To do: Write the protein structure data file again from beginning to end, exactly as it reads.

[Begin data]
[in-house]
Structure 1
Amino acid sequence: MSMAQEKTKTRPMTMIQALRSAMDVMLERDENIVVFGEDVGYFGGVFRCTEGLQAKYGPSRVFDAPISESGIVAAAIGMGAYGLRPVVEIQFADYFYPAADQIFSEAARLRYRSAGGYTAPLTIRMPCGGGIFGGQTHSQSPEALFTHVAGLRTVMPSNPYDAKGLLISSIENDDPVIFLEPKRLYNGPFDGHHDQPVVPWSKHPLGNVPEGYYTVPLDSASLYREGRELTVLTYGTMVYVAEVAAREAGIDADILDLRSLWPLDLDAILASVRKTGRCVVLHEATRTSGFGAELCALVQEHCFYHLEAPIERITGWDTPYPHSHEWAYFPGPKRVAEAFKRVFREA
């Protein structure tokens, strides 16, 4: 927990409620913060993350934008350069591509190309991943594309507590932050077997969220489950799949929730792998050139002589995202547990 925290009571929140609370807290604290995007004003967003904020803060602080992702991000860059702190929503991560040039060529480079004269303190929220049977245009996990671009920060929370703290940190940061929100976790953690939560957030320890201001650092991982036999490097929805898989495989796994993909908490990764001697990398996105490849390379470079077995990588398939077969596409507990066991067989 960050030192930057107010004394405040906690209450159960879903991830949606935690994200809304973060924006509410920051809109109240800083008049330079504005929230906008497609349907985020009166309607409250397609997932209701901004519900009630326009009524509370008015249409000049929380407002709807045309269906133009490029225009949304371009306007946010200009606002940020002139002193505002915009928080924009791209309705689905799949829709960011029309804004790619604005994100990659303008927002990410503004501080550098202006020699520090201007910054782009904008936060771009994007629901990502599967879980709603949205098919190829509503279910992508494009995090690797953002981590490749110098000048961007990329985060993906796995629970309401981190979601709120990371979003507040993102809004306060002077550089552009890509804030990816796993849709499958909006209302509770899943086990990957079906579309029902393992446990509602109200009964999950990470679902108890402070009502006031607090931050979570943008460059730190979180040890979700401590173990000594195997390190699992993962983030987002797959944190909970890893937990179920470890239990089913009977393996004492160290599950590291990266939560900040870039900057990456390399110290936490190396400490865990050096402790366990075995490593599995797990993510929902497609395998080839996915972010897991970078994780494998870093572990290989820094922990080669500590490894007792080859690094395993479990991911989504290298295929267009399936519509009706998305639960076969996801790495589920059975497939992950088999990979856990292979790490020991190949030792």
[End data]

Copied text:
[in-house]
Structure 1
Amino acid sequence: MSMAQEKTKTRPMTMIQALRSAMDVMLERDENIVVFGEDVGYFGGVFRCTEGLQAKYGPSRVFDAPISESGIVAAAIGMGAYGLRPVVEIQFADYFYPAADQIFSEAARLRYRSAGGYTAPLTIRMPCGGGIFGGQTHSQSPEALFTHVAGLRTVMPSNPYDAKGLLISSIENDDPVIFLEPKRLYNGPFDGHHDQPVVPWSKHPLGNVPEGYYTVPLDSASLYREGRELTVLTYGTMVYVAEVAAREAGIDADILDLRSLWPLDLDAILASVRKTGRCVVLHEATRTSGFGAELCALVQEHCFYHLEAPIERITGWDTPYPHSHEWAYFPGPKRVAEAFKRVFREA
């Protein structure tokens, strides 16, 4: 927990409620913060993350934008350069591509190309991943594309507590932050077997969220489950799949929730792998050139002589995202547990 925290009571929140609370807290604290995007004003967003904020803060602080992702991000860059702190929503991560040039060529480079004269303190929220049977245009996990671009920060929370703290940190940061929100976790953690939560957030320890201001650092991982036999490097929805898989495989796994993909908490990764001697990398996105490849390379470079077995990588398939077969596409507990066991067989 960050030192930057107010004394405040906690209450159960879903991830949606935690994200809304973060924006509410920051809109109240800083008049330079504005929230906008497609349907985020009166309607409250397609997932209701901004519900009630326009009524509370008015249409000049929380407002709807045309269906133009490029225009949304371009306007946010200009606002940020002139002193505002915009928080924009791209309705689905799949829709960011029309804004790619604005994100990659303008927002990410503004501080550098202006020699520090201007910054782009904008936060771009994007629901990502599967879980709603949205098919190829509503279910992508494009995090690797953002981590490749110098000048961007990329985060993906796995629970309401981190979601709120990371979003507040993102809004306060002077550089552009890509804030990816796993849709499958909006209302509770899943086990990957079906579309029902393992446990509602109200009964999950990470679902108890402070009502006031607090931050979570943008460059730190979180040890979700401590173990000594195997390190699992993962983030987002797959944190909970890893937990179920470890239990089913009977393996004492160290599950590291990266939560900040870039900057990456390399110290936490190396400490865990050096402790366990075995490593599995797990993510929902497609395998080839996915972010897991970078994780494998870093572990290989820094922990080669500590490894007792080859690094395993479990991911989504290298295929267009399936519509009706998305639960076969996801790495589920059975497939992950088999990979856990292979790490020991190949030792």